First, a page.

Many agile coaches are looking for new innovative ways to help Scrum and Agile teams improve. They want to coach teams in a way that they can discover how they are doing and come up with ideas to become better and deliver more value to their customers and stakeholders. The Agile Self-Assessment Game is a tool that helps them to do that.
Andreas Schliep, Executive Partner at DasScrumTeam AG shared his experiences playing this game in: Agile Self-Assessment by Ben Linders. Here’s what he wrote on LinkedIn Pulse, extended with some more details from our discussion on his learnings.
A different approach to help teams improve
Scrum and Agile teams want to become better. In the beginning, improvement is actually easy to identify and hard to accomplish. The first steps of changing an existing team setup to a suitable frame for agile work are probably well known. Yes, it is hard. Yes, it takes time. And after a while, most teams actually have a proper Product Owner, get decent management support, can organise their work themselves.
Things get harder, once teams have reached a certain basic level. Instead of raising the same fuzzy wishes towards the organisation, teams could try a different approach. This is where the Agile Self-Assessment Game by Ben Linders comes into play. The gameplay may vary, but mostly the discussion revolves around three major points:
- What agile practices are important for our team?
- How good are we at fulfilling them?
- How can we improve?
Playing the Agile Self-assessment Game
I played this game with a software development team recently. We used a variation of the gameplay that came out as a result of Ben’s Open Space session about the game at the retrospective facilitators gathering. After I distributed the cards evenly, the team members selected one very important card from their hand. Then we ranked these cards using a method created by members of a previous Scrum Master in-service training, Backlog Ranking.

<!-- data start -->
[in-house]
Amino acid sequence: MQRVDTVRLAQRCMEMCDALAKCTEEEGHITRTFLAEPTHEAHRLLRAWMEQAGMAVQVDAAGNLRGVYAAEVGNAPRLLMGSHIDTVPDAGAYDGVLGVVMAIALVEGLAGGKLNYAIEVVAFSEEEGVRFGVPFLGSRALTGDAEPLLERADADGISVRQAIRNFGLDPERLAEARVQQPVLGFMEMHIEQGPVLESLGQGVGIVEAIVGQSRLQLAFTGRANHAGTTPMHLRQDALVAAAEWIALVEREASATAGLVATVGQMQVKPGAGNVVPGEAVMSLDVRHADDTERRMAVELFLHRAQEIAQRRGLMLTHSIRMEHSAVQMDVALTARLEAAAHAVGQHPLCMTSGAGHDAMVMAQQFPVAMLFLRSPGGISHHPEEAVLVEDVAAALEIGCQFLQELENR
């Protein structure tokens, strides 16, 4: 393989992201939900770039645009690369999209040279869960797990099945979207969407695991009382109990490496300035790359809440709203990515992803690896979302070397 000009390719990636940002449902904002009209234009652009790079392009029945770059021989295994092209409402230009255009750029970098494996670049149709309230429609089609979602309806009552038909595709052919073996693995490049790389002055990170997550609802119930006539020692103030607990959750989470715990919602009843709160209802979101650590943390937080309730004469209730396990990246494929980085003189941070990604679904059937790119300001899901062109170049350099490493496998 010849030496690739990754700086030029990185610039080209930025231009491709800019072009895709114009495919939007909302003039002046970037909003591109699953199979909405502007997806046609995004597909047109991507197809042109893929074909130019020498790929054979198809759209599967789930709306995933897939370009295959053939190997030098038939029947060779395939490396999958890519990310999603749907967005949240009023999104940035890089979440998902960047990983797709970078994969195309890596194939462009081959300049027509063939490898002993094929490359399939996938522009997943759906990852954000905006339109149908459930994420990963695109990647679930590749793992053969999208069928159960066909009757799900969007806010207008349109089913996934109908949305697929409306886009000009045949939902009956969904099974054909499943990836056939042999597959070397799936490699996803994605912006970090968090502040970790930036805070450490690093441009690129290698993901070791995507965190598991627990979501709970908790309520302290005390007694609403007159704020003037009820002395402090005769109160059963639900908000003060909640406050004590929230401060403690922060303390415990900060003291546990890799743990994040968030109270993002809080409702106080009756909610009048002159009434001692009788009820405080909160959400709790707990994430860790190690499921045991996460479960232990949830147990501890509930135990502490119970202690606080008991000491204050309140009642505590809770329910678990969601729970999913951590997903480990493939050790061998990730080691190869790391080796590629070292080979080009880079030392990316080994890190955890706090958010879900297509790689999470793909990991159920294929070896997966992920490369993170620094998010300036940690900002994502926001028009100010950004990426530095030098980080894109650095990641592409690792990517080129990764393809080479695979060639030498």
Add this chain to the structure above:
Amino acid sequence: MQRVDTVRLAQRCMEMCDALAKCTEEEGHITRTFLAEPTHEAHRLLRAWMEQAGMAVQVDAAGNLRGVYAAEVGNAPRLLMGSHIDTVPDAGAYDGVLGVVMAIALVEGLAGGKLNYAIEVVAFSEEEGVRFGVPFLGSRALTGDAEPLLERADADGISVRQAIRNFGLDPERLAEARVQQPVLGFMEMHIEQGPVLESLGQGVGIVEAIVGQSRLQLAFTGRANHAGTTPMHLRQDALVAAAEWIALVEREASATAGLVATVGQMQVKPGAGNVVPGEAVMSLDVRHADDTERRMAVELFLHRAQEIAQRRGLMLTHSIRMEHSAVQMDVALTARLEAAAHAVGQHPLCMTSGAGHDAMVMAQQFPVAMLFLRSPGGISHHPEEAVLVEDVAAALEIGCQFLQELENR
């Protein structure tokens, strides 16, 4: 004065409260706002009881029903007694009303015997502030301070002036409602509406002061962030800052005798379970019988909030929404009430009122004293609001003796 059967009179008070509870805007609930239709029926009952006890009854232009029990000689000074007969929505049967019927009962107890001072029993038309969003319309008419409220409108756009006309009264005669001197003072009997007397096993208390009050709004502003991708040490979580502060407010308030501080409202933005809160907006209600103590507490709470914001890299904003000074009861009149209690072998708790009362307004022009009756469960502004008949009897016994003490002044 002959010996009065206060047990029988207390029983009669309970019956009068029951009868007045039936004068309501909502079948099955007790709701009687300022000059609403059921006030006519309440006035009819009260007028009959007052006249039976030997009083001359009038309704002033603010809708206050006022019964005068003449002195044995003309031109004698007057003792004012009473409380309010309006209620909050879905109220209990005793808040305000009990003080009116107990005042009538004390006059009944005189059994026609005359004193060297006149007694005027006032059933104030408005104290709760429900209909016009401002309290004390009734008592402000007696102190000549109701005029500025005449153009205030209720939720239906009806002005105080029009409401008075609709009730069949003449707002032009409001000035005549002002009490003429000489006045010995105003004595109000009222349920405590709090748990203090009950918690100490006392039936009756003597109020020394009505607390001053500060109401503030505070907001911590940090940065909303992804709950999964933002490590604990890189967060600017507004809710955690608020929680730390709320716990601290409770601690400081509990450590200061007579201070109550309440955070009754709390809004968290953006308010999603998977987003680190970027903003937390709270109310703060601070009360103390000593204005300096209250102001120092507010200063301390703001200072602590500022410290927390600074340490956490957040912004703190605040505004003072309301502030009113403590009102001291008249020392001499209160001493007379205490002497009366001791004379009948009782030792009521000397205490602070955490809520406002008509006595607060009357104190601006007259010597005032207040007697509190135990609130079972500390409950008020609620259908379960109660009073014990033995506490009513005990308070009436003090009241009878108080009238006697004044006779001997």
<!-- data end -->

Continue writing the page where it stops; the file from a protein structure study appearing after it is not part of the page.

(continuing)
As it turned out, the method was extremely useful for discussing practices and improvement opportunities. Afterwards, the team members evaluated their fulfillment of these points. We set up a score from 0% to 100%, and the team shifted the cards on the table according to that score.
You would at least expect that the more important items were fulfilled better than the lesser ranking stuff. But it happens quite often that the order of importance does not match the degree of maturity:
So you discover that X is very important for you, but you’re not doing very well. On the other side, Y is not so important (still more important than 40 other things), but you obviously spend much energy and time for it. Of course, the expectations would not decrease linearly, but this image gives you some idea of the mismatch that can happen between what’s important and how well you are performing.
We did not discuss everything in detail, but gained some valuable insights during this exercise. Based on these insights the team decided to take action. For instance, they agreed to trade estimation accuracy for speed in order to allow for longer-term delivery forecasts and to to invest in mutual learning and code base improvements.
I really recommend the Self Assessment Game for Scrum Masters or Agile Teams as a way to facilitate and focus the discussion about possible improvements. In a next step, the team can figure out how to improve in the identified areas on their own, or where they could use the assistance of an agile or technical coach.
Increasing your agility
Thank you Andy for sharing your experiences with playing the Agile Self-assessment Game! It’s great to read how playing the game helped the team getting valuable insights where they can and want to improve.
The Agile Self-assessment Game consists of 52 cards with statements on applying agile practices. There are tons of ways to play with these cards to help teams to improve. You can use them for chartering teams, in your retrospective, at a games night or in an open space, in a coaching retreat, or at any other occasion where you want to learn and have some fun.